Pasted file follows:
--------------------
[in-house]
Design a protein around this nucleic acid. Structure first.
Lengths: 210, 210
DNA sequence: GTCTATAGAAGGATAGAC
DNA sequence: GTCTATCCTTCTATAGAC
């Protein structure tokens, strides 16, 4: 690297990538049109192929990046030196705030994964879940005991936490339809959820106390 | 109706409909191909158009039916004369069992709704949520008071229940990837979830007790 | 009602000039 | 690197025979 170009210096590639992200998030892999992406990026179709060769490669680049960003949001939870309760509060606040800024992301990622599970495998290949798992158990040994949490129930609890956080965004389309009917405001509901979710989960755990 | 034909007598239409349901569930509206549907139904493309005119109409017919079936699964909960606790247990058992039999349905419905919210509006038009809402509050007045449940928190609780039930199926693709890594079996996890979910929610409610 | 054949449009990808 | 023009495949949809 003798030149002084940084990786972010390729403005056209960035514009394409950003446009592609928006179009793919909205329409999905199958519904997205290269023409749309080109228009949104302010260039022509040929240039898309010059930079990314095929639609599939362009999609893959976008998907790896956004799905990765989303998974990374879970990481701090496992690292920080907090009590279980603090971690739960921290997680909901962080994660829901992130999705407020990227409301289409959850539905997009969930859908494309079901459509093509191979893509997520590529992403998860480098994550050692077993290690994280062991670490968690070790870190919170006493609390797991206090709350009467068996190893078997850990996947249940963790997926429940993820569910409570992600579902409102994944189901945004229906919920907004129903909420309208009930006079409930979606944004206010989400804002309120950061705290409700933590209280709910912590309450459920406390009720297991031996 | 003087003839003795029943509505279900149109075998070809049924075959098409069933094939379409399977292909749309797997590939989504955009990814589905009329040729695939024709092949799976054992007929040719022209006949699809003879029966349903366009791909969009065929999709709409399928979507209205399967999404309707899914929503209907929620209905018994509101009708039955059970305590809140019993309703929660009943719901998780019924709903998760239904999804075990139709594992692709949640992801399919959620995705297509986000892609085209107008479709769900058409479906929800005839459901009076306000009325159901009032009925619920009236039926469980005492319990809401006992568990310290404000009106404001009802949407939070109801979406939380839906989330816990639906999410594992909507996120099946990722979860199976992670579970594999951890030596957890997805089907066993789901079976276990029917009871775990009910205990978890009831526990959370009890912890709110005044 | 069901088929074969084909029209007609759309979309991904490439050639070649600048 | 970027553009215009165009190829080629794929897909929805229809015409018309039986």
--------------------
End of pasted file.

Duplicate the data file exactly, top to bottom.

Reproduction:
[in-house]
Design a protein around this nucleic acid. Structure first.
Lengths: 210, 210
DNA sequence: GTCTATAGAAGGATAGAC
DNA sequence: GTCTATCCTTCTATAGAC
């Protein structure tokens, strides 16, 4: 690297990538049109192929990046030196705030994964879940005991936490339809959820106390 | 109706409909191909158009039916004369069992709704949520008071229940990837979830007790 | 009602000039 | 690197025979 170009210096590639992200998030892999992406990026179709060769490669680049960003949001939870309760509060606040800024992301990622599970495998290949798992158990040994949490129930609890956080965004389309009917405001509901979710989960755990 | 034909007598239409349901569930509206549907139904493309005119109409017919079936699964909960606790247990058992039999349905419905919210509006038009809402509050007045449940928190609780039930199926693709890594079996996890979910929610409610 | 054949449009990808 | 023009495949949809 003798030149002084940084990786972010390729403005056209960035514009394409950003446009592609928006179009793919909205329409999905199958519904997205290269023409749309080109228009949104302010260039022509040929240039898309010059930079990314095929639609599939362009999609893959976008998907790896956004799905990765989303998974990374879970990481701090496992690292920080907090009590279980603090971690739960921290997680909901962080994660829901992130999705407020990227409301289409959850539905997009969930859908494309079901459509093509191979893509997520590529992403998860480098994550050692077993290690994280062991670490968690070790870190919170006493609390797991206090709350009467068996190893078997850990996947249940963790997926429940993820569910409570992600579902409102994944189901945004229906919920907004129903909420309208009930006079409930979606944004206010989400804002309120950061705290409700933590209280709910912590309450459920406390009720297991031996 | 003087003839003795029943509505279900149109075998070809049924075959098409069933094939379409399977292909749309797997590939989504955009990814589905009329040729695939024709092949799976054992007929040719022209006949699809003879029966349903366009791909969009065929999709709409399928979507209205399967999404309707899914929503209907929620209905018994509101009708039955059970305590809140019993309703929660009943719901998780019924709903998760239904999804075990139709594992692709949640992801399919959620995705297509986000892609085209107008479709769900058409479906929800005839459901009076306000009325159901009032009925619920009236039926469980005492319990809401006992568990310290404000009106404001009802949407939070109801979406939380839906989330816990639906999410594992909507996120099946990722979860199976992670579970594999951890030596957890997805089907066993789901079976276990029917009871775990009910205990978890009831526990959370009890912890709110005044 | 069901088929074969084909029209007609759309979309991904490439050639070649600048 | 970027553009215009165009190829080629794929897909929805229809015409018309039986």